We are not children, but we're experiencing many of the same emotions. However, children are more generally in touch with the urgency of climate change. For many adults, especially privileged ones, living through the climate crisis can feel more like being a frog boiling in a pot of water.
Letellier says that the uncertainty and lack of control can prevent people from being able to process the situation. "My mind is always going ‘Will we lose everything? Will the world still exist? Until when?’” Letellier says that mental health care professionals should begin reading about climate science and the impact of ecological crisis on mental health. “Professionals who are not climate-aware are very toxic right now for climate-anxious people, as they treat them as if they had an individual problem, when anxiety and grief are actually healthy responses to the situation,” Letellier says.
Part of climate anguish is also guilt. Personal actions — like flying less, recycling, or going vegan — can help reduce emissions. But for a variety of reasons, it’s hard for everyone to commit to these actions consistently, or even at all. That can lead to a lot of guilt. But as climate essayist Mary Annaïse Heglar wrote for Vox in May, climate change conversations have failed society in this regard, telling us that “climate change could have been fixed if we had all just ordered less takeout, used fewer plastic bags, turned off some more lights, planted a few trees, or driven an electric car. It says that if those adjustments can’t do the trick, what’s the point?,” Heglar wrote.
In light of an IPCC report that showed 100 companies are responsible for over 71% of emissions, for Heglar, it’s important that people not wallow in guilt over feelings of inadequacy. “We need to let go of the idea that it’s all of our individual faults, then take on the collective responsibility of holding the true culprits [fossil fuel companies] accountable," she wrote. "In other words, we need to become many Davids against one big, bad Goliath.”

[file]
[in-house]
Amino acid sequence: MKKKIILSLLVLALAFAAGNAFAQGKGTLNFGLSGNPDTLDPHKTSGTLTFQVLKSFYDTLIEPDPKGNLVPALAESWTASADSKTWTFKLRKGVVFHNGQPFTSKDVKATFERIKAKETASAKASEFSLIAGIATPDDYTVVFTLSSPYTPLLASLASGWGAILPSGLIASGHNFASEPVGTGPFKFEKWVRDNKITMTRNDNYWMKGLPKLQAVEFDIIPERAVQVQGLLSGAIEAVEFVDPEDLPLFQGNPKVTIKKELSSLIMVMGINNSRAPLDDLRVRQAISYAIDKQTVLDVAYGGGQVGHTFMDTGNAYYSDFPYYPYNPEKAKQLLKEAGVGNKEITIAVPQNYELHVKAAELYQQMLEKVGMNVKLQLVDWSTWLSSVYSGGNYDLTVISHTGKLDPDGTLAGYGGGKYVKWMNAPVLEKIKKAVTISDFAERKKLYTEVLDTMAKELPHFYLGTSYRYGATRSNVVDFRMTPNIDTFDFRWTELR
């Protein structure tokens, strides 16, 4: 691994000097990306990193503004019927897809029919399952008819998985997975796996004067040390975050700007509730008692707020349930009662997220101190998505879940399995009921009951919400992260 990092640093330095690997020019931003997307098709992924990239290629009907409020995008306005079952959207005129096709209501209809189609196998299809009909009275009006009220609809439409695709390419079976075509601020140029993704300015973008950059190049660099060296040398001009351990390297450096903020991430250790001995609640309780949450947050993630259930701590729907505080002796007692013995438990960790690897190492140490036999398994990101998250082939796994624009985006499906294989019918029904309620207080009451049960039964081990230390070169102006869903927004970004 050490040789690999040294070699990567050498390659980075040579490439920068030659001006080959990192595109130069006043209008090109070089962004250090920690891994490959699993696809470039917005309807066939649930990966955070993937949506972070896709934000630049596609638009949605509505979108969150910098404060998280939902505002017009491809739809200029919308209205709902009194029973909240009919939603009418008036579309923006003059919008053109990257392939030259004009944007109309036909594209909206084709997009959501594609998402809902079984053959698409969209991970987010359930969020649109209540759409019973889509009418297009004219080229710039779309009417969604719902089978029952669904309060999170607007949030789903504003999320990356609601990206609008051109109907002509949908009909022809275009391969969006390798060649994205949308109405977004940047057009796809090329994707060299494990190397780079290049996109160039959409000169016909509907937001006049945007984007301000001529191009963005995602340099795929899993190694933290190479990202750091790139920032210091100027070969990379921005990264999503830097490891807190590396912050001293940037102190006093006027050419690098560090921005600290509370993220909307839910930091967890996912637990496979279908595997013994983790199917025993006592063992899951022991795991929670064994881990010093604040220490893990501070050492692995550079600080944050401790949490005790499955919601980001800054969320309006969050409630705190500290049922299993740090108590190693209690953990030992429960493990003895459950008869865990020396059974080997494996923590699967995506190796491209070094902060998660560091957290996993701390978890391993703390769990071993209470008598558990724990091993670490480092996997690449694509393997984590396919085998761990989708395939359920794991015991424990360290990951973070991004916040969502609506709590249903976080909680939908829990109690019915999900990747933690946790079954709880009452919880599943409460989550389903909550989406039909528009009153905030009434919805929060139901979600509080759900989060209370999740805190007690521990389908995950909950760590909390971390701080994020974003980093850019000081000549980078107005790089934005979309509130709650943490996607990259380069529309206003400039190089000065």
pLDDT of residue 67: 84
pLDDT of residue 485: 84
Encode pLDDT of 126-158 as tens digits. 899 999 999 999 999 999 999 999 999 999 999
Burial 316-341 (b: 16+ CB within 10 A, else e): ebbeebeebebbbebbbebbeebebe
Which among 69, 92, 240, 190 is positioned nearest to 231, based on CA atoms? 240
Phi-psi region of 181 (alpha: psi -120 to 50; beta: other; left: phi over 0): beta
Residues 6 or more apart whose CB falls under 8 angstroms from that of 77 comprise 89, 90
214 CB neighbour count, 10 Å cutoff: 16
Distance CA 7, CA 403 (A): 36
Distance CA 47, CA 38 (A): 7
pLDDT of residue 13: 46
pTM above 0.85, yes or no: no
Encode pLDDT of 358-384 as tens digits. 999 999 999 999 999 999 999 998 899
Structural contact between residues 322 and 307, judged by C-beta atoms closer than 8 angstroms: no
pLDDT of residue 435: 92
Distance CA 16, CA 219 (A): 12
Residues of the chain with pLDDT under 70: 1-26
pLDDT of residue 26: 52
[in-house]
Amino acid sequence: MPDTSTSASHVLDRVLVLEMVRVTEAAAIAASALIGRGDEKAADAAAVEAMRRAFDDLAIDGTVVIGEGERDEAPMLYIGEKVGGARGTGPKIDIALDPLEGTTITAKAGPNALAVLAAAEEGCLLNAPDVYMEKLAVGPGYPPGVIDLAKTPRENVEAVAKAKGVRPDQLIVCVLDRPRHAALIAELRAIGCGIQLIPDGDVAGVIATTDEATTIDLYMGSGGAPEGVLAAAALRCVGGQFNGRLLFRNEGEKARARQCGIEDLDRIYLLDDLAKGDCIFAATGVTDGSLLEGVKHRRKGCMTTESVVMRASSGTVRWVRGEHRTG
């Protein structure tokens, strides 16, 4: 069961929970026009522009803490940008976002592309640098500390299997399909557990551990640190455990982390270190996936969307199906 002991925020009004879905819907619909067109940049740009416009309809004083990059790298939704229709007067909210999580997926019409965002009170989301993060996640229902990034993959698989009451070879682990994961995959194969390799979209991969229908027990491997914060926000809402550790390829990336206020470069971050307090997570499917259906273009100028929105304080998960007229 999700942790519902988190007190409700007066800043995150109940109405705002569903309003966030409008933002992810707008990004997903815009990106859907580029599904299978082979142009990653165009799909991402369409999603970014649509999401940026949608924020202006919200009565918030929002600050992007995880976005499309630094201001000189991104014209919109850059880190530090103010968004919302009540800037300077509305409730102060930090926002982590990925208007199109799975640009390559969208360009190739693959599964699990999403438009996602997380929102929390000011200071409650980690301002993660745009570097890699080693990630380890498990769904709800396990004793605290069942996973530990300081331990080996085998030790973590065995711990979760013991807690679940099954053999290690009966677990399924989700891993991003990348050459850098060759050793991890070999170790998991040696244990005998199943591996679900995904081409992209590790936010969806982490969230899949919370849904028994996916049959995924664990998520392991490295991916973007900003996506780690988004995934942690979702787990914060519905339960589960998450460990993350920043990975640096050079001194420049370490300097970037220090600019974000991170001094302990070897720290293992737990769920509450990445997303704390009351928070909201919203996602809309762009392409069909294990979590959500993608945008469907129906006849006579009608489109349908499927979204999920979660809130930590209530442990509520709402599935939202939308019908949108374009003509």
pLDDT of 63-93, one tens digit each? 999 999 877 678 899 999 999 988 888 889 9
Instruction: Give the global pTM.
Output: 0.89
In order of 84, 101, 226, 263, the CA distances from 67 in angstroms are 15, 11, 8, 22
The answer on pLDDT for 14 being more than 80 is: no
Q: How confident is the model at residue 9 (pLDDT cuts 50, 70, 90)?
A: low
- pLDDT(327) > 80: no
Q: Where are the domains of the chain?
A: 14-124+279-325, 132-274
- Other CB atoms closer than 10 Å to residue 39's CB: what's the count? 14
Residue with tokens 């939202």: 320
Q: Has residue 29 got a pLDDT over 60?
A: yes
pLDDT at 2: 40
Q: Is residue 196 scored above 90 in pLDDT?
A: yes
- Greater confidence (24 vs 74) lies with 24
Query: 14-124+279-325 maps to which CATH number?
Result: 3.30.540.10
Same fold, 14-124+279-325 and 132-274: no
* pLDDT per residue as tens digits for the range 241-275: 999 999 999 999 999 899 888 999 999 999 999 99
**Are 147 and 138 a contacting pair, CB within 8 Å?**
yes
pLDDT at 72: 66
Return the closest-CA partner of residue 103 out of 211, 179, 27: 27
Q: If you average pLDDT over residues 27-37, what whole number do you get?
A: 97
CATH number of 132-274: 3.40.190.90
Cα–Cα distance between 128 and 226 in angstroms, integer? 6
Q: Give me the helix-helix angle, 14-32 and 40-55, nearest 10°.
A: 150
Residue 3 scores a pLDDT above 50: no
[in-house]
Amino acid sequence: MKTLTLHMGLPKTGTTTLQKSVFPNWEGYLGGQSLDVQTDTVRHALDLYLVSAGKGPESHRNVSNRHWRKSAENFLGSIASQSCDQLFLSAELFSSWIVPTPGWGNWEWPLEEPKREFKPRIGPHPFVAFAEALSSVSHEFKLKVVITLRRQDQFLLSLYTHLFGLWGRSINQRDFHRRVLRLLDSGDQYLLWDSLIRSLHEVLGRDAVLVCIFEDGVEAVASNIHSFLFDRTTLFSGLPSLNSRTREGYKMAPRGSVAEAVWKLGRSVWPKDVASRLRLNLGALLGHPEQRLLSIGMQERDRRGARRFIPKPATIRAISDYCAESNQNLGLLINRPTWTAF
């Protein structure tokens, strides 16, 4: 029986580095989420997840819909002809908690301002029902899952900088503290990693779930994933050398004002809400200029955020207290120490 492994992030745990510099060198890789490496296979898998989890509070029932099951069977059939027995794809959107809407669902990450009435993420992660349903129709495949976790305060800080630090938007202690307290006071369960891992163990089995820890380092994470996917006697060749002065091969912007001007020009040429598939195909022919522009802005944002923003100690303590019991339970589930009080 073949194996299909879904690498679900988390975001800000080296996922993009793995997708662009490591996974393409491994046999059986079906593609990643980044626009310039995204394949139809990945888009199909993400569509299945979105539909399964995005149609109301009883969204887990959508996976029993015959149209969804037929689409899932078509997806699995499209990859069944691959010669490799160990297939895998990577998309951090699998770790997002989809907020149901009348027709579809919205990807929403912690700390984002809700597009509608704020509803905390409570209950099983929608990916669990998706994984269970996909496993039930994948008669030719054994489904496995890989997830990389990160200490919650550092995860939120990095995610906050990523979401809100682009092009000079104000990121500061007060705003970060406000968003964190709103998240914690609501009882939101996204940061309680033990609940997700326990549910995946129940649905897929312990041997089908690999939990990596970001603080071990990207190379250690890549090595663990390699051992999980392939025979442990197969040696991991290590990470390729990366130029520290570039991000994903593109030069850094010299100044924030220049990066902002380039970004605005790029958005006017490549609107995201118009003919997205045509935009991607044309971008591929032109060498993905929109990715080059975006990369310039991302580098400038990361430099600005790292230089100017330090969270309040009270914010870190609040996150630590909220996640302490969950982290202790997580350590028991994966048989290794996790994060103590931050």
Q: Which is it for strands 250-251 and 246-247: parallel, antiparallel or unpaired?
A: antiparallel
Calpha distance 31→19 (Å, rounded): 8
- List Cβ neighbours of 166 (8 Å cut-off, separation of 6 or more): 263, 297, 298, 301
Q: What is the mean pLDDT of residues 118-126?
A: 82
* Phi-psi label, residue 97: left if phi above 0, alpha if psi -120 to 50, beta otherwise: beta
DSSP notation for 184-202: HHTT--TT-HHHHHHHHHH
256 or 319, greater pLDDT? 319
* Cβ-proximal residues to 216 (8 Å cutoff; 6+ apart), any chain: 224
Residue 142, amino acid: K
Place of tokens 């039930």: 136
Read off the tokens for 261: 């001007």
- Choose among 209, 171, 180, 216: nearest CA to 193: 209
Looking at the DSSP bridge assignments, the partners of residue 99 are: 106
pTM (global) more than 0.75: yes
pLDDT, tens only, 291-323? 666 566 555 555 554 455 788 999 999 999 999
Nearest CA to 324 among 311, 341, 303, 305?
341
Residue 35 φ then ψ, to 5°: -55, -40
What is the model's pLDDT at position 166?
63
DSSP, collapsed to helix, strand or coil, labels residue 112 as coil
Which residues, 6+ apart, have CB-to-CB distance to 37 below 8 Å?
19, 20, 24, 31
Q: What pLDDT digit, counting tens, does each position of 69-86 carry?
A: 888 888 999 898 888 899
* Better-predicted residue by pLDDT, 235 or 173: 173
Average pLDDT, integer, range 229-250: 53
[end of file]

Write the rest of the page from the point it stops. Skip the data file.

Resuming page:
It’s important to remember that the fight against the climate crisis is not hopeless, although anything resembling success will take a lot of effort from everyone. But it can be done, and has been done before — notably in the case of the ozone layer — as essayist Lacy Johnson pointed out on Twitter:
But addressing climate grief also means allowing yourself to feel the sadness, the fear… and to seek out communities and mental health professionals that will help you hold space for those emotions. Dr. Kritee (dharma name Kanko), PhD is a climate scientist, Rinzai Zen priest, and co-founder of Rocky Mountain Ecodharma Retreat Center, a nature retreat located in Boulder CO. Kritee, whose center runs workshops dedicated to climate grief and anxiety, tells Bustle that it’s important for people experiencing climate grief to take the time to mourn.
“Some people feel grieving is artificial for them or a waste of precious time,” Kritee says. “[But] grieving is often a natural outcome of finding oneself in a place of relative safety in the midst of neurological and somatic stress.”
Even though it’s important to mourn, it’s also important to realize the incredible power that you have to get involved. You can start by showing up the September 2019 Global Climate Strikes, writing to your elected officials, planting trees, and so much more. This fight isn’t over yet.
If you or someone you know is seeking help for mental health concerns, visit the National Alliance on Mental Health (NAMI) website, or call 1-800-950-NAMI(6264). For confidential treatment referrals, visit the Substance Abuse and Mental Health Services Administration (SAMHSA) website, or call the National Helpline at 1-800-662-HELP(4357). In an emergency, contact the National Suicide Prevention Lifeline at 1-800-273-TALK(8255) or call 911.